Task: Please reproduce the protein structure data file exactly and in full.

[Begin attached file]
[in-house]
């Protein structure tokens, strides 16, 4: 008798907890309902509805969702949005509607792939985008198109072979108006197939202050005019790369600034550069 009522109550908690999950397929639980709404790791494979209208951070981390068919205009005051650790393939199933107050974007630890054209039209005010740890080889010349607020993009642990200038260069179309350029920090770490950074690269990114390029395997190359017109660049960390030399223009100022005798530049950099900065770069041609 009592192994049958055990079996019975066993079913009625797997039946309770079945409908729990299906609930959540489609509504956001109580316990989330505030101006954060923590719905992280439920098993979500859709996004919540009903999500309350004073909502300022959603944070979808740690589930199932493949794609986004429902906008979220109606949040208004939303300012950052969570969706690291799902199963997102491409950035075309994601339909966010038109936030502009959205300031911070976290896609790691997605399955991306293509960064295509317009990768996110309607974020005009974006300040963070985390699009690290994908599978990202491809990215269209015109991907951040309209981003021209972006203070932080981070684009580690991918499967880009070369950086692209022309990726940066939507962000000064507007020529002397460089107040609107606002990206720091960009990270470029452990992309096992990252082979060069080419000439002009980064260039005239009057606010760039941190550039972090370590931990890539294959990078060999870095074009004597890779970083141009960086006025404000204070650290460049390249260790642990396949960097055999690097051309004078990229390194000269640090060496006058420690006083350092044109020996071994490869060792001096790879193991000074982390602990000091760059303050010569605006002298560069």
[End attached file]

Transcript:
[in-house]
């Protein structure tokens, strides 16, 4: 008798907890309902509805969702949005509607792939985008198109072979108006197939202050005019790369600034550069 009522109550908690999950397929639980709404790791494979209208951070981390068919205009005051650790393939199933107050974007630890054209039209005010740890080889010349607020993009642990200038260069179309350029920090770490950074690269990114390029395997190359017109660049960390030399223009100022005798530049950099900065770069041609 009592192994049958055990079996019975066993079913009625797997039946309770079945409908729990299906609930959540489609509504956001109580316990989330505030101006954060923590719905992280439920098993979500859709996004919540009903999500309350004073909502300022959603944070979808740690589930199932493949794609986004429902906008979220109606949040208004939303300012950052969570969706690291799902199963997102491409950035075309994601339909966010038109936030502009959205300031911070976290896609790691997605399955991306293509960064295509317009990768996110309607974020005009974006300040963070985390699009690290994908599978990202491809990215269209015109991907951040309209981003021209972006203070932080981070684009580690991918499967880009070369950086692209022309990726940066939507962000000064507007020529002397460089107040609107606002990206720091960009990270470029452990992309096992990252082979060069080419000439002009980064260039005239009057606010760039941190550039972090370590931990890539294959990078060999870095074009004597890779970083141009960086006025404000204070650290460049390249260790642990396949960097055999690097051309004078990229390194000269640090060496006058420690006083350092044109020996071994490869060792001096790879193991000074982390602990000091760059303050010569605006002298560069």